The government would shed about 7,000 jobs a month under the tough hiring freeze President Carter has slapped on most federal agencies.
Carter's anti-inflation program that calls for voluntary wage-price restraints by the private sector, would allow most government operations to till only half of their vacancies. The freeze, officials says, could last for many months.
About 14,000 government jobs become vacant each month. If the 50 percent replacement rule were strictly followed, only half that number of people could be hired each month to rplace emloyes to retire, quit or die.
The Office of Management and Budget will coordinate the job reduction program that has been anticipated in government for months. Many federal agencies stepped up hiring toward the end of summer, so they could get as many replacements on board before the freeze.
The 20,000 cutback Carter referred to in his economic message to the people represents a reduction from the number of federal workers that had been planned for mid-1979. The government now has 2.6 million to 2.8 million full-time, permanent employes. It is those workers and those jobs that are covered by the 50 percent replacement limit.
One major impact of the president's order will be to eliminate all job vacancies - estimated at between 20,000 and 30,000 - in government at the present time.
Many people who have been trying to get federal jobs will be turned away, or put on "hold" until the freeze is lifted. The 50 percent hiring rule is based on the new job picture. "Old" vacancies will no longer be counted, in most cases.
As with any freeze order, exceptions will be allowed. OMB will control them. The thinking at the moment is that each will be viewed carefully by OMB. Most will be disapproved unless they are in the fields of health or safety, and then only if agencies can justifyan exemption for them.
The question is how hard the freeze will be, how long it will last and how easy, or tough, the exemption policy will be applied. During the Johnson administration Congress slapped a "hard" hiring freeze on government. But individual members quickly sought, and got, exemptions for pet programs and "vital" agencies.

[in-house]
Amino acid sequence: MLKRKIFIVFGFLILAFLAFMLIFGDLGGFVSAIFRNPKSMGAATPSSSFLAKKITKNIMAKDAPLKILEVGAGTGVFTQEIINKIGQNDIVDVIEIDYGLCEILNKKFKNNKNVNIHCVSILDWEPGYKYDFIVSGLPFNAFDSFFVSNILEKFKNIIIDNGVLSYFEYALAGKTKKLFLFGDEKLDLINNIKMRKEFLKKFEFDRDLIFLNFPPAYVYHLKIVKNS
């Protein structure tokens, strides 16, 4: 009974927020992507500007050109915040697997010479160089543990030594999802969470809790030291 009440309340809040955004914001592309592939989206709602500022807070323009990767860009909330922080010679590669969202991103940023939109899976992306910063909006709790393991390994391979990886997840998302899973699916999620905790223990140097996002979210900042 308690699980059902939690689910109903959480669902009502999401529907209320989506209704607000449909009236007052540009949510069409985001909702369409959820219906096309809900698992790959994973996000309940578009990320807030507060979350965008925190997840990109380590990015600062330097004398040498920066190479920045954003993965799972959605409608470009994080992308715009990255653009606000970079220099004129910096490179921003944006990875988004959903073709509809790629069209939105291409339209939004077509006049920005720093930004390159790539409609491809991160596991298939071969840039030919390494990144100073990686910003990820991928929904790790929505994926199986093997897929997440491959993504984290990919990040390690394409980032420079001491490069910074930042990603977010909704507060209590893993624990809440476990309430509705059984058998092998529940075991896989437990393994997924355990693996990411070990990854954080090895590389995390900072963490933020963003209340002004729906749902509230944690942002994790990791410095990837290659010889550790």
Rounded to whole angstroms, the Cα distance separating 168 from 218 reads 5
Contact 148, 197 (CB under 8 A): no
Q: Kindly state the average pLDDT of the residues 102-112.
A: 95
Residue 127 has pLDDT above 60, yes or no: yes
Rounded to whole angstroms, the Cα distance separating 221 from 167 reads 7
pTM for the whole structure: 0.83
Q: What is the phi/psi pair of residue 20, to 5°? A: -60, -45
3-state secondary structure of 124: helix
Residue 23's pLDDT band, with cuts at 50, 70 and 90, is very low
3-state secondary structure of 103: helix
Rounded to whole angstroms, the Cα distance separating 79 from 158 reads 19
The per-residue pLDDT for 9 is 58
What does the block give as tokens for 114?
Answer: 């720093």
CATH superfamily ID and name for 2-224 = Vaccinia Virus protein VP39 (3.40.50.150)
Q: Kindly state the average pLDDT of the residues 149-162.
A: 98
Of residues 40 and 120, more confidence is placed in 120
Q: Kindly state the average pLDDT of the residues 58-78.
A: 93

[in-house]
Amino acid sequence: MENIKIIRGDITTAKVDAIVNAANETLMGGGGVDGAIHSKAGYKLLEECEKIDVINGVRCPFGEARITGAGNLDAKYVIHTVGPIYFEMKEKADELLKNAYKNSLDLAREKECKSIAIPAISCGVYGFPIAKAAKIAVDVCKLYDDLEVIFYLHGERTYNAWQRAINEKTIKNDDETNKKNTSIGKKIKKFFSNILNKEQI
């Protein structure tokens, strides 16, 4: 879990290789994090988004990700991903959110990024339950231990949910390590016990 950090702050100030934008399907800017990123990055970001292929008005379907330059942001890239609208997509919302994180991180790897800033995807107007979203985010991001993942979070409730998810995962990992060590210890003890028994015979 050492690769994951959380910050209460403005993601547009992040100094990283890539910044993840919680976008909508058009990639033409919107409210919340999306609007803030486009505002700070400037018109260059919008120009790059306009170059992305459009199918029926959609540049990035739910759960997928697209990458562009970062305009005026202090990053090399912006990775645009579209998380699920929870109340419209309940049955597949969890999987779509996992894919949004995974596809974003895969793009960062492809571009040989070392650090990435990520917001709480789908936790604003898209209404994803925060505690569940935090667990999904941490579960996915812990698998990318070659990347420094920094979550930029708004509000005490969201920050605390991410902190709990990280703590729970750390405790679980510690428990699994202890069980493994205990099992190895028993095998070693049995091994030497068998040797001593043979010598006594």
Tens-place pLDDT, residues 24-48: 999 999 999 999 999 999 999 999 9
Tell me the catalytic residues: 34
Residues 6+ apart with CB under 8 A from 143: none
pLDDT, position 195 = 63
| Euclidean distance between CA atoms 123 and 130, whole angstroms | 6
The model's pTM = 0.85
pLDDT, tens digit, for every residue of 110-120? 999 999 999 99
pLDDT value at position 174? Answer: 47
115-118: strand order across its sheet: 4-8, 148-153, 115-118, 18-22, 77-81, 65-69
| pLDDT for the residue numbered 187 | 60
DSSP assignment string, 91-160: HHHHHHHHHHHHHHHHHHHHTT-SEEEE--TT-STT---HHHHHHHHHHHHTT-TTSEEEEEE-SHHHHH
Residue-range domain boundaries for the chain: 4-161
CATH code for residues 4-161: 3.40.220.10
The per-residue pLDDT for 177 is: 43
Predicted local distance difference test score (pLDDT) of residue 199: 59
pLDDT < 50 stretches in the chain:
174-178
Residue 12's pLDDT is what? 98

In short order, during the 1960s freeze exemptions were made for the Defense Department which had 55 percent of the federal work force. Next came exemptions for the U.S. Postal Service and Veterans Administration, the second and third largest operations. Then the Internal Revenue Service was exempted, and the Federal Aviation Administration. The 1960s freeze finally fizzled when more agencies were exempt than were left under the hiring ban.
Officials say that the 7,000 jobs per month cutback will decline the longer the freeze is on. That is because the federal turnover rate always drops when a freeze is imposed. Workers are less likely to change jobs, try the private sector or even retire. But for the time being anyhow, hiring is cut in half. And because it is frozen at the 50 percent level, instead of a symbolically higher level,experts believe it has a better chance of working and remaining in place longer.
IOUs for Congress: Members of Congress would have their paychecks held up next time they delay paydays for other federal workers under legislative revived by Rep. Newtons Steers (R.Md). Earlier this month thousands of workers in HEW, Labor, ACTION and Interior got half pay because their budgets were held up a in a Senate-House fight over abortions. Steers' bill - if Congress buys it - would make it illegal to pay members of Congress if other federal employe paychecks are delayed. Las Vegas odds-makers won't even touch this one.
Pay Raise: Rep. Joseph Fisher (D-Va.) says President Carter should increase the size of the recent federal military pay raise, to conform with his own economic guidelines for labor and industry. Civil servants got a 5.5 percent boost this month, although government data showed they were due an increase of more than 8 percent.
Fisher say the work force could get nearly 3 percent more and still be in step with the president's inflation fighting program. The White House is likely to play deaf to this one. Most member of Congress won't help. Although they voted to sit out the federal pay raise in this election year, they caught up in 1977 with a $12,900 annual pay boost.